We’ve all been there — driving along believing that everything is well in the world, and suddenly the check-engine light pops up on the dash. Boy does this light get us angry and frustrated. What does it mean, how much is this going to cost, and how long the problem will take to fix this time?
Assuming your check-engine light error is the result of something more significant than a loose gas cap (yes, that is often the culprit, so check it first!), here is a step-by-step agenda to fix the light for the right price.
- Read the Code. The check-engine light indicates that our emissions are not correct and that a code is stored to help aid repair. A good starting point would be to have someone retrieve the diagnostic code and offer some basic advice as to what a repair may entail. Many parts stores and shops will do this service for free, or if they charge a fee, that will be applied toward your repair. Remember, it could be as simple as a loose gas cap. The key here is to find out what’s going on, and whether the repair needs to be done right away* or if there is time to prepare and seek alternative proposals for the repair.
- Look for More Advice. After reading the code, look for additional advice and information. Never just change the part, especially if your parts store or shop person only pulled the diagnostic code. Some additional knowledge is needed, and at least a quick look should be performed before any recommendations are made. If you don’t feel comfortable, or you are confused with initial advice, try a different service location and compare notes. As an added supplement, many owners have turned to the internet to look up the code and have joined forums and discussions with other owners. Remember: you don’t have to make a decision yet, but it’s worth it to spend some time collecting information and advice.
- Arrange a Professional Diagnosis. This stage may require the most legwork, especially if you don’t have a regular shop. From your advice and information, you should have a good idea what kind of diagnostic time is needed. Some error codes only require confirmation that the component has failed. Other codes will describe a running condition (e.g. ‘lean’ or ‘rich’), rather than a component failure and will need more time to figure out. In these situations, there could be quite a few reasons or parts that could cause this condition. Here you’ll want to know the exact cause of the problem in a reasonable amount of time. Find a shop that has a good reputation for engine diagnostics, and also one that may negotiate the diagnostic fee.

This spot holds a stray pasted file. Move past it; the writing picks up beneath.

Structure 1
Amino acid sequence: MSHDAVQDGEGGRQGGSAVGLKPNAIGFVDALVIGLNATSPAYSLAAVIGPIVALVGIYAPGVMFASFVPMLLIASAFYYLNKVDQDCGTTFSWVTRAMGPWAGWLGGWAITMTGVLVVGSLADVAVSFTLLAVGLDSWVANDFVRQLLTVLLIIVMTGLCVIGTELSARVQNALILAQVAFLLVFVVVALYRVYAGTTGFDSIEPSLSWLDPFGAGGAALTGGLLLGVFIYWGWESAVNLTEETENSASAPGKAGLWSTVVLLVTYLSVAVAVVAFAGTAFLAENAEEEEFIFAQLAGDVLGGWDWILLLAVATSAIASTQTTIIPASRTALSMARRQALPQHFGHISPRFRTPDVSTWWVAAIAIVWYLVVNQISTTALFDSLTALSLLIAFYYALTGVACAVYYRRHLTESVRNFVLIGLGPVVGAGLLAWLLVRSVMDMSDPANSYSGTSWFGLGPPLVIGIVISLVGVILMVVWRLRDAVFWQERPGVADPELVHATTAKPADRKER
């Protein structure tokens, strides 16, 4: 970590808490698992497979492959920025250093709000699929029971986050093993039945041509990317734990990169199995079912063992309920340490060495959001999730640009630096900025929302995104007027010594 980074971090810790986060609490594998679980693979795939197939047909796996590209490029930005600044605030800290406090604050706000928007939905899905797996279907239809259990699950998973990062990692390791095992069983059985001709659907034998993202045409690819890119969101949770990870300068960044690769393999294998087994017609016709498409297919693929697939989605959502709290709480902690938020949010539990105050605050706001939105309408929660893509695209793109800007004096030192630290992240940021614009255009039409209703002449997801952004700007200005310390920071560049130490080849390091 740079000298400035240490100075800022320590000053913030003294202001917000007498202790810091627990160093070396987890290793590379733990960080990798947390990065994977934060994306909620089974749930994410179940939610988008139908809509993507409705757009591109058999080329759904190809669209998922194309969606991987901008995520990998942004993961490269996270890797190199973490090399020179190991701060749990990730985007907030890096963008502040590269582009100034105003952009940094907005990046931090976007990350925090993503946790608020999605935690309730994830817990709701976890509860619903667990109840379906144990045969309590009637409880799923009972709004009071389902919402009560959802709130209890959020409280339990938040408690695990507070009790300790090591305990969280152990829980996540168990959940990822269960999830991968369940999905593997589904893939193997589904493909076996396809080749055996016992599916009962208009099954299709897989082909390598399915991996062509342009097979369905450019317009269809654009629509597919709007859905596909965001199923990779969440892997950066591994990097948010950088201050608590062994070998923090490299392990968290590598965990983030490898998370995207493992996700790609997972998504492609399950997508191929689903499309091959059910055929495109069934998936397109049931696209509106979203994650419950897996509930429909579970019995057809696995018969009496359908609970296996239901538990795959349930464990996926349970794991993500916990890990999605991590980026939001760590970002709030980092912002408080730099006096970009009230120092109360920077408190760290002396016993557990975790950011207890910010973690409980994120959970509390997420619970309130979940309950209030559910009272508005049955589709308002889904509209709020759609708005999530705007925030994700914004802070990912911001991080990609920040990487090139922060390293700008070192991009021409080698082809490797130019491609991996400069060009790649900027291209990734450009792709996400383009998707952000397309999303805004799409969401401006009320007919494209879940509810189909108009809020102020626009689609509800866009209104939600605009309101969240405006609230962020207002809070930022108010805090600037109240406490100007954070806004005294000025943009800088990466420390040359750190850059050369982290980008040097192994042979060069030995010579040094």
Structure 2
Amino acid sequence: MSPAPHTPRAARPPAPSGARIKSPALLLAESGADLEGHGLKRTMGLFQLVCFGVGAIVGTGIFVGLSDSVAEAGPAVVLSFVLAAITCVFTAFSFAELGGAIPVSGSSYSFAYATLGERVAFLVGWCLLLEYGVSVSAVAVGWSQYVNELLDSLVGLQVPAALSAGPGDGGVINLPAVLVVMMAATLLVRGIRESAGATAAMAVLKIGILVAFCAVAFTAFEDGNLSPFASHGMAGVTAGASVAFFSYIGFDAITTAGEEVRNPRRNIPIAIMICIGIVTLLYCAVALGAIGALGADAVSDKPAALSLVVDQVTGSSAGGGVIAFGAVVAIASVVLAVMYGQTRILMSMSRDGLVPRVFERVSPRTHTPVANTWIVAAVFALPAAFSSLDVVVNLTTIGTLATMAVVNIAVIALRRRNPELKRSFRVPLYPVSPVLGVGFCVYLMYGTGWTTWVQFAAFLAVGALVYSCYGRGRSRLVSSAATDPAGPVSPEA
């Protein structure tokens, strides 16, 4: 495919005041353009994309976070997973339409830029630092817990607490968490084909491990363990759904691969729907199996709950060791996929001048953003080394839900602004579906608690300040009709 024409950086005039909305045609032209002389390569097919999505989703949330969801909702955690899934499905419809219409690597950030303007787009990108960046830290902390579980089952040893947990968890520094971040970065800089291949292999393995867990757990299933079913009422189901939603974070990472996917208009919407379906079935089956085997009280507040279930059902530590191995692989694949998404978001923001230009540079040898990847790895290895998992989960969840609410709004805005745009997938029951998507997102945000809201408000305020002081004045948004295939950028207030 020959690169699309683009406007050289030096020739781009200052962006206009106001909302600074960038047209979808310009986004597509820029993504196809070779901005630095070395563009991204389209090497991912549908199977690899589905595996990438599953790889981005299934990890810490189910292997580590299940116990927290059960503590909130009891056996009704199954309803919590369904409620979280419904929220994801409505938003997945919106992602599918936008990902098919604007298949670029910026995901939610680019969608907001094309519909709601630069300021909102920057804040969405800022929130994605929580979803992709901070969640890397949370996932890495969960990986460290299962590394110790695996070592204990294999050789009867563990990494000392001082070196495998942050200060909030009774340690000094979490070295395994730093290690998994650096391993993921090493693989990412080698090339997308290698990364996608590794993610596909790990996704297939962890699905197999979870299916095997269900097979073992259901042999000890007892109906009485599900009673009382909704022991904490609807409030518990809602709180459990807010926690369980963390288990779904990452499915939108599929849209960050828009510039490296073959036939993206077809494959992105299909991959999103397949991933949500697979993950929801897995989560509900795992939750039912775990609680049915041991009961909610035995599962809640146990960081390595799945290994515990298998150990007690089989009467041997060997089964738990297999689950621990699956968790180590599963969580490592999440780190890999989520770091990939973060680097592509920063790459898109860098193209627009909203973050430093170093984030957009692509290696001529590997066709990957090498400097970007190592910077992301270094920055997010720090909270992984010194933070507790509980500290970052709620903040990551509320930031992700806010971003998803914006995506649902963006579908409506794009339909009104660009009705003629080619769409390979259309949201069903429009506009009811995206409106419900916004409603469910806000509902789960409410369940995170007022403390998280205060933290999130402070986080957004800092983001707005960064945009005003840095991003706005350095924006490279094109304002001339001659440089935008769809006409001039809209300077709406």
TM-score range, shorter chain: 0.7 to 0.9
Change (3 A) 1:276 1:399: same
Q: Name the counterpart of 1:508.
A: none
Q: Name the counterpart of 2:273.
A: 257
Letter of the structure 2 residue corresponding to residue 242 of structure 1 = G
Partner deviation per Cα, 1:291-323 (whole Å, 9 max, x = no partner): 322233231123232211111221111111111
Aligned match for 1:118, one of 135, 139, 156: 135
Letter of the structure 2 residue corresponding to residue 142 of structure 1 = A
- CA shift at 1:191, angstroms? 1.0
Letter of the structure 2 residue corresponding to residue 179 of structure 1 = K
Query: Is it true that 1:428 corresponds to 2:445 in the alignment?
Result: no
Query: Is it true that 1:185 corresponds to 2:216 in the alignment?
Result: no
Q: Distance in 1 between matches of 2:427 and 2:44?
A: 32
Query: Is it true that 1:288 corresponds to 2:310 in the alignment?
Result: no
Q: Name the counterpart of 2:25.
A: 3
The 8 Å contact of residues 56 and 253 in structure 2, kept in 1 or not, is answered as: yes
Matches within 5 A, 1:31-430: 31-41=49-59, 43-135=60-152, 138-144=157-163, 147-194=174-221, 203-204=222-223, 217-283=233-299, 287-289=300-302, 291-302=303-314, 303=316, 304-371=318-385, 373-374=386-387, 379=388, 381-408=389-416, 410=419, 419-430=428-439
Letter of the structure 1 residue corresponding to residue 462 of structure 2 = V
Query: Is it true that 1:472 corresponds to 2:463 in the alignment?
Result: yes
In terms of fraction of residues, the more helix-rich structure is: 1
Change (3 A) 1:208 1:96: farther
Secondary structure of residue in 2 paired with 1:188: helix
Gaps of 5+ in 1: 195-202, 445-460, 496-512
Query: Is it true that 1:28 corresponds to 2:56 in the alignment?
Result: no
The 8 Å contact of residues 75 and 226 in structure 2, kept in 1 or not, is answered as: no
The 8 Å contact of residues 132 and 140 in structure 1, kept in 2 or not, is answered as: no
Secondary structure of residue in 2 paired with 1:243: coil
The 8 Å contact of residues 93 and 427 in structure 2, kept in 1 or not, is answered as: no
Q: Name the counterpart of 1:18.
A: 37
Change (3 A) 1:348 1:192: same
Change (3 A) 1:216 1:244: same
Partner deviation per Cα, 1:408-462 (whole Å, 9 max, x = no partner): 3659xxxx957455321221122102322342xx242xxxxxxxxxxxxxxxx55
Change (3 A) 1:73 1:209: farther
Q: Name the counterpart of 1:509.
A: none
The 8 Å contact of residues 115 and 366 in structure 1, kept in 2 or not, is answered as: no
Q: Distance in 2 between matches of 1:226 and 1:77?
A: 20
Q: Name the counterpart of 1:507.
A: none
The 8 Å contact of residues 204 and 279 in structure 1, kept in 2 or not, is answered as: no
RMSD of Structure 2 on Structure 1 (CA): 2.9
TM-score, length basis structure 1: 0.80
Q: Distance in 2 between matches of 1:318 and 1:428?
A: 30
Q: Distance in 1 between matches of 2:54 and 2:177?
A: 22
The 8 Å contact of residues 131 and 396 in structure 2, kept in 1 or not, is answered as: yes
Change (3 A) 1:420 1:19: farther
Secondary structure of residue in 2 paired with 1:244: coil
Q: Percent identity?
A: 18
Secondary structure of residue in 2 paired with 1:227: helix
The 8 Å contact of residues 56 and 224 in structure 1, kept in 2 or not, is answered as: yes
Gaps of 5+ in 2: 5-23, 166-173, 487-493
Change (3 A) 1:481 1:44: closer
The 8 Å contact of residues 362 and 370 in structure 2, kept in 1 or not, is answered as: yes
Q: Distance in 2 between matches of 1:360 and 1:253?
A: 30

- Get the Fix. Usually the repair will be done by the shop that performed the diagnosis, but don’t feel obligated, especially if the cost is higher than anticipated. You can always cross-shop for local auto repair, and just because you’re in the shop doesn’t mean you have to stick with that one. Most error codes are not indicating safety-related problems, so you most likely have time to shop around for price and quality. As always make sure the parts that are installed will fix the problem permanently. Sometimes an aftermarket catalytic converter, spark plug or oxygen sensor might turn that light off for a while but those aftermarket parts may not make for a permanent fix; sometimes it’s worth investing in pricey new parts.
- Follow Up. Most newer cars will have to go through “drive cycles” before everything is back up and running. This involves the driving of the car for several days while the computer checks to see that sensors and monitors are running correctly — think of it as rebooting a computer. If the check-engine light does not come on, usually your car is fixed, but not always. So a good idea is to return to the shop after a few days or a week, and have them recheck the codes to confirm that everything is normal, especially if you’ve got an emissions inspection to pass.
As you become more comfortable with your shop and technician, then you may skip or combine several of the above steps. It’s always helpful to collect information and advice in advance of repairing car, to reign in costs within a reasonable amount of time. What you’ll want here is to fix the car correctly the first time, in order to avoid changing the wrong parts, making return visits to the shop, or being left without wheels for too long.
* Caution: A blinking check engine light is very serious. Damage is being done to the catalytic converter and possible other parts of the motor. The car should not be driven, and should be repaired as soon as possible to avoid higher costs.
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